My list of books grows larger and larger with the amount of fantastic ones coming out. This year is no different. I wanted to take this opportunity to highlight a couple of titles—specifically by black authors—that I’m so excited to read.
Let’s see what these books, shall we?
Shuri and T’Challa: Into the Heartlands (A Black Panther Graphic Novel) by Roseanne A. Brown & Dika Araújo
Shuri and T’Challa set out to remove a curse from Wakanda in this action-packed, totally original graphic novel!
Twelve-year-old Shuri is a lot of things. Scientist. Princess. All around cooler person than her pain-in-the-butt big brother T’Challa. Shuri knows she could do so much more to help Wakanda, but everyone is obsessed with the prince because he’s the next Black Panther. That is, until Soul Washing Day, one of the most important rituals of Wakandan society.
When an argument between T’Challa and Shuri leads to one of Shuri’s inventions accidentally destroying the sacred ceremony site, chaos reigns instead of prosperity. Suddenly the people of Wakanda, including her mother the queen, are becoming sick! Could this be a curse from the ancestors? Desperate to save her mother, Shuri dives into research and finds an answer hidden deep in an ancient children’s myth. It may be nothing more than a fantasy, but with the sickness spreading each day, the young princess must trust her instincts and travel deep into the mysterious Heartlands to save her family and her kingdom.
Joining Shuri on her journey is none other than a meddling T’Challa. If Shuri and T’Challa can set aside their jealousy and resentment of each other long enough to survive this journey, they might just discover that they are far more powerful together than they could ever be apart. But if they can’t face their fears in the Heartlands and lift the so-called curse, it may not be just the end for their family, but the end of Wakanda as they know it. No pressure, right?
Why would I want to read Shuri and T’Challa: Into the Heartlands? Look at that art, why wouldn’t I? I’m ready for this Shuri and T’Challa team-up as kids.
By the Book by Jasmine Guillory
A tale as old as time—for a new generation… Isabelle is completely lost. When she first began her career in publishing right out of college, she did not expect to be twenty-five, living at home, still an editorial assistant, and the only Black employee at her publishing house. Overworked and underpaid, constantly torn between speaking up or stifling herself, Izzy thinks there must be more to this publishing life. So when she overhears her boss complaining about a beastly high-profile author who has failed to deliver his long-awaited manuscript, Isabelle sees an opportunity to finally get the promotion she deserves.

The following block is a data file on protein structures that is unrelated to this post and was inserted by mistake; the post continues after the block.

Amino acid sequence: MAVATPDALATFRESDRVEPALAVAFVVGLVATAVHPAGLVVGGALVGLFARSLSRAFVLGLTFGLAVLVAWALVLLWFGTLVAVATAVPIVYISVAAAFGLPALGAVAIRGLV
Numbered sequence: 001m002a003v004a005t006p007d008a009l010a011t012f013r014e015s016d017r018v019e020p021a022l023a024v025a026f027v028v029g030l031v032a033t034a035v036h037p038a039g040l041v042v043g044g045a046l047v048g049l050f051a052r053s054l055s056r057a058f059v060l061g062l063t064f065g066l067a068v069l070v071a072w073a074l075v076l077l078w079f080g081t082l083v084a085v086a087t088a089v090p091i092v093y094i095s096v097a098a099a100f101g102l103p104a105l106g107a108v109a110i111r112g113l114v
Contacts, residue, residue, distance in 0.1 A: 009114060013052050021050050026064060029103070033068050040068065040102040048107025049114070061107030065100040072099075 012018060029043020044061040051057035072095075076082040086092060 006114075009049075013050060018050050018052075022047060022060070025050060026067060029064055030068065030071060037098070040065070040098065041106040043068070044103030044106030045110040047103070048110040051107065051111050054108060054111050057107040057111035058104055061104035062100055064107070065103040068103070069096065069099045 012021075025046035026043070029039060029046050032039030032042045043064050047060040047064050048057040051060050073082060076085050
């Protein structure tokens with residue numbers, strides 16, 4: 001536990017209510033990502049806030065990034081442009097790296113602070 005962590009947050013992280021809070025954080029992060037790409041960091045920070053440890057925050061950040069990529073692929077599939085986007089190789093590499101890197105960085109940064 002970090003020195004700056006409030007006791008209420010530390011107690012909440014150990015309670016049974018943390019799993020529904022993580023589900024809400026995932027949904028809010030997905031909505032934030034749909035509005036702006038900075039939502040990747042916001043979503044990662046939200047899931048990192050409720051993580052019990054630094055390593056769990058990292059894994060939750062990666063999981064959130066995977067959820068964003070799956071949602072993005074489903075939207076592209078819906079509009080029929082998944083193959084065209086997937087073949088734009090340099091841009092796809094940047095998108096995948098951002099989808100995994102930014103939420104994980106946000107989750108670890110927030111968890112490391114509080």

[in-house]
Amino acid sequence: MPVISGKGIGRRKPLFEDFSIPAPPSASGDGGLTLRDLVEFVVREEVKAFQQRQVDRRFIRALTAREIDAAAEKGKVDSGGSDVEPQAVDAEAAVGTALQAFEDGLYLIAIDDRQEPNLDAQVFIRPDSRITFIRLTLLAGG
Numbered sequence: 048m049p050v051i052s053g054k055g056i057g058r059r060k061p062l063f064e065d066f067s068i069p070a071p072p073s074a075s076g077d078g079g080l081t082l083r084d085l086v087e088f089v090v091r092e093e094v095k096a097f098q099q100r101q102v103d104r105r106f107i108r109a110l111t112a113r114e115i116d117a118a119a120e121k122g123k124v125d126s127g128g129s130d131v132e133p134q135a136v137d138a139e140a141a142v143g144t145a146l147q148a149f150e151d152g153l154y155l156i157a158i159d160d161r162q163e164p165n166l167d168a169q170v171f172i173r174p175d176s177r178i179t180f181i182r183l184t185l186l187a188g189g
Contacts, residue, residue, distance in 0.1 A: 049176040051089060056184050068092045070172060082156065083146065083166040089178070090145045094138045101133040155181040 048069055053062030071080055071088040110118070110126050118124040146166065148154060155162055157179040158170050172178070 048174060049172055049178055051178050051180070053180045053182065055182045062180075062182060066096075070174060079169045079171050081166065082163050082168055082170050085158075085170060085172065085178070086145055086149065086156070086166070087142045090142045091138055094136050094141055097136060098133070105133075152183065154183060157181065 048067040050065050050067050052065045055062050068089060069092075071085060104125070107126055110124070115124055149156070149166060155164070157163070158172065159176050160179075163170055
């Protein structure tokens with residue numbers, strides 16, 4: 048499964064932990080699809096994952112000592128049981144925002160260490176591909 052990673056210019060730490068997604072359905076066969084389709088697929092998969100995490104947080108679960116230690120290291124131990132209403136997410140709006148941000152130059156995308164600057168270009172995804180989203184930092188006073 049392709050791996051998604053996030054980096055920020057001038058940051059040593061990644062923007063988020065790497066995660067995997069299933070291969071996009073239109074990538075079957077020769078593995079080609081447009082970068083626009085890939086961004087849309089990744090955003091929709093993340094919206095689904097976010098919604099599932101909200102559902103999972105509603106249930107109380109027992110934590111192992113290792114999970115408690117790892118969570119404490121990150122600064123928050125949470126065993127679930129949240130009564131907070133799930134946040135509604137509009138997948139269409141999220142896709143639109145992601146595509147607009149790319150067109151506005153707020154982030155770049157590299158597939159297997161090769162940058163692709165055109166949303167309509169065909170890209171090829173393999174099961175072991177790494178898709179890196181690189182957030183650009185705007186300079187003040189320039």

All she has to do is go to the author’s Santa Barbara mansion and give him a quick pep talk or three. How hard could it be?
But Izzy quickly finds out she is in over her head. Beau Towers is not some celebrity lightweight writing a tell-all memoir. He is jaded and withdrawn and—it turns out—just as lost as Izzy. But despite his standoffishness, Izzy needs Beau to deliver, and with her encouragement, his story begins to spill onto the page. They soon discover they have more in common than either of them expected, and as their deadline nears, Izzy and Beau begin to realize there may be something there that wasn’t there before.
Why would I want to read By the Book? A romance between bookish people? Sign me up.
Wash Day Diaries by Jamila Rowser & Robyn Smith
Wash Day Diaries tells the story of four best friends—Kim, Tanisha, Davene, and Cookie—through five connected short story comics that follow these young women through the ups and downs of their daily lives in the Bronx.
The book takes its title from the wash day experience shared by Black women everywhere of setting aside all plans and responsibilities for a full day of washing, conditioning, and nourishing their hair. Each short story uses hair routines as a window into these four characters’ everyday lives and how they care for each other.
Jamila Rowser and Robyn Smith originally kickstarted their critically acclaimed, award-winning slice of life mini comic, Wash Day, inspired by Rowser’s own wash day ritual and their shared desire to see more comics featuring the daily lived experiences of young Black women. Wash Day Diaries includes an updated, full color version of this original comic—which follows Kim, a 26-year-old woman living in the Bronx—as the book’s first chapter and expands into a graphic novel with short stories about these vibrant and relatable new characters.